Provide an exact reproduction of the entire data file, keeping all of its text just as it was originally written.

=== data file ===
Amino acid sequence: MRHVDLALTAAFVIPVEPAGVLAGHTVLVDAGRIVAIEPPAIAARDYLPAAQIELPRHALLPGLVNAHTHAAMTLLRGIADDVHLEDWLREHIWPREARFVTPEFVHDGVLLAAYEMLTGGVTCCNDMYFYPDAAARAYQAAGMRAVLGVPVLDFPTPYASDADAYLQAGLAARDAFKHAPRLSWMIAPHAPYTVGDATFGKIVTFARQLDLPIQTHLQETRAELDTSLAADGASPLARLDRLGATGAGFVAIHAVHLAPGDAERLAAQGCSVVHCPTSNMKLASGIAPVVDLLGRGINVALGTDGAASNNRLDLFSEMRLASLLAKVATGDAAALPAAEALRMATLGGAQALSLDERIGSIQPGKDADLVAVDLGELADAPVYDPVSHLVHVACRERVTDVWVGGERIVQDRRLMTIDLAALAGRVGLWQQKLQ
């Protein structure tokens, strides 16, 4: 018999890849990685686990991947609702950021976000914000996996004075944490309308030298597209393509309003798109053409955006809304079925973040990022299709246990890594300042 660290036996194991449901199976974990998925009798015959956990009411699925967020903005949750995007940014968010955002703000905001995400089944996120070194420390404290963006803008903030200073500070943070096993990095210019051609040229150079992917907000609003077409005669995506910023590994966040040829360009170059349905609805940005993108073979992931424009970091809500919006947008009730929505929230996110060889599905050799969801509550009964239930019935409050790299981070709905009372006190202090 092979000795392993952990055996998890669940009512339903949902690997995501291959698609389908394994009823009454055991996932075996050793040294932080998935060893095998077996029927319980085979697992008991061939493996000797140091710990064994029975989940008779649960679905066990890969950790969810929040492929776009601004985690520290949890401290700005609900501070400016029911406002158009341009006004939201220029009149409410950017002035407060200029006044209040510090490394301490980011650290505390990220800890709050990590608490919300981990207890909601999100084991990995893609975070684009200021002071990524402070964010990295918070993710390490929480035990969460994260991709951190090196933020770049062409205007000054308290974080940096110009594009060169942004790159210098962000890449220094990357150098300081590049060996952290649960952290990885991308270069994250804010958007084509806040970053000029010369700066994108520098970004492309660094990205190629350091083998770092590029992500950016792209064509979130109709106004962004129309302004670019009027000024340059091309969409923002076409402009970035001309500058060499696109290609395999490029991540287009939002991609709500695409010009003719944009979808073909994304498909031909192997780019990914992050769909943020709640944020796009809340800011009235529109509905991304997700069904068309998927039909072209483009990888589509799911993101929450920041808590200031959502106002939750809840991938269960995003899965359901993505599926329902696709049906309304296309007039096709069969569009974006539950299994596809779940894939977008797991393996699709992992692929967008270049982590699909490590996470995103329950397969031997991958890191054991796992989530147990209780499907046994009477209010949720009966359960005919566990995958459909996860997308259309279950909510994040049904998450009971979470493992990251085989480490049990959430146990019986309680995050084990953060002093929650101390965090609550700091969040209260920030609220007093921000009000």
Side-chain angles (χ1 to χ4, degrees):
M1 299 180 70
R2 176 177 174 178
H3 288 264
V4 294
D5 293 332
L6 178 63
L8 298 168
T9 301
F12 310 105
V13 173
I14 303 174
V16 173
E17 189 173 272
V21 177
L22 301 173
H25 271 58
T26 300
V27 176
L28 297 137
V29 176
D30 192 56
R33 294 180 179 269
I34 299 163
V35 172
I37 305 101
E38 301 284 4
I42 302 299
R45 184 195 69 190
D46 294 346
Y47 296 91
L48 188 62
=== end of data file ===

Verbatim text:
Amino acid sequence: MRHVDLALTAAFVIPVEPAGVLAGHTVLVDAGRIVAIEPPAIAARDYLPAAQIELPRHALLPGLVNAHTHAAMTLLRGIADDVHLEDWLREHIWPREARFVTPEFVHDGVLLAAYEMLTGGVTCCNDMYFYPDAAARAYQAAGMRAVLGVPVLDFPTPYASDADAYLQAGLAARDAFKHAPRLSWMIAPHAPYTVGDATFGKIVTFARQLDLPIQTHLQETRAELDTSLAADGASPLARLDRLGATGAGFVAIHAVHLAPGDAERLAAQGCSVVHCPTSNMKLASGIAPVVDLLGRGINVALGTDGAASNNRLDLFSEMRLASLLAKVATGDAAALPAAEALRMATLGGAQALSLDERIGSIQPGKDADLVAVDLGELADAPVYDPVSHLVHVACRERVTDVWVGGERIVQDRRLMTIDLAALAGRVGLWQQKLQ
């Protein structure tokens, strides 16, 4: 018999890849990685686990991947609702950021976000914000996996004075944490309308030298597209393509309003798109053409955006809304079925973040990022299709246990890594300042 660290036996194991449901199976974990998925009798015959956990009411699925967020903005949750995007940014968010955002703000905001995400089944996120070194420390404290963006803008903030200073500070943070096993990095210019051609040229150079992917907000609003077409005669995506910023590994966040040829360009170059349905609805940005993108073979992931424009970091809500919006947008009730929505929230996110060889599905050799969801509550009964239930019935409050790299981070709905009372006190202090 092979000795392993952990055996998890669940009512339903949902690997995501291959698609389908394994009823009454055991996932075996050793040294932080998935060893095998077996029927319980085979697992008991061939493996000797140091710990064994029975989940008779649960679905066990890969950790969810929040492929776009601004985690520290949890401290700005609900501070400016029911406002158009341009006004939201220029009149409410950017002035407060200029006044209040510090490394301490980011650290505390990220800890709050990590608490919300981990207890909601999100084991990995893609975070684009200021002071990524402070964010990295918070993710390490929480035990969460994260991709951190090196933020770049062409205007000054308290974080940096110009594009060169942004790159210098962000890449220094990357150098300081590049060996952290649960952290990885991308270069994250804010958007084509806040970053000029010369700066994108520098970004492309660094990205190629350091083998770092590029992500950016792209064509979130109709106004962004129309302004670019009027000024340059091309969409923002076409402009970035001309500058060499696109290609395999490029991540287009939002991609709500695409010009003719944009979808073909994304498909031909192997780019990914992050769909943020709640944020796009809340800011009235529109509905991304997700069904068309998927039909072209483009990888589509799911993101929450920041808590200031959502106002939750809840991938269960995003899965359901993505599926329902696709049906309304296309007039096709069969569009974006539950299994596809779940894939977008797991393996699709992992692929967008270049982590699909490590996470995103329950397969031997991958890191054991796992989530147990209780499907046994009477209010949720009966359960005919566990995958459909996860997308259309279950909510994040049904998450009971979470493992990251085989480490049990959430146990019986309680995050084990953060002093929650101390965090609550700091969040209260920030609220007093921000009000």
Side-chain angles (χ1 to χ4, degrees):
M1 299 180 70
R2 176 177 174 178
H3 288 264
V4 294
D5 293 332
L6 178 63
L8 298 168
T9 301
F12 310 105
V13 173
I14 303 174
V16 173
E17 189 173 272
V21 177
L22 301 173
H25 271 58
T26 300
V27 176
L28 297 137
V29 176
D30 192 56
R33 294 180 179 269
I34 299 163
V35 172
I37 305 101
E38 301 284 4
I42 302 299
R45 184 195 69 190
D46 294 346
Y47 296 91
L48 188 62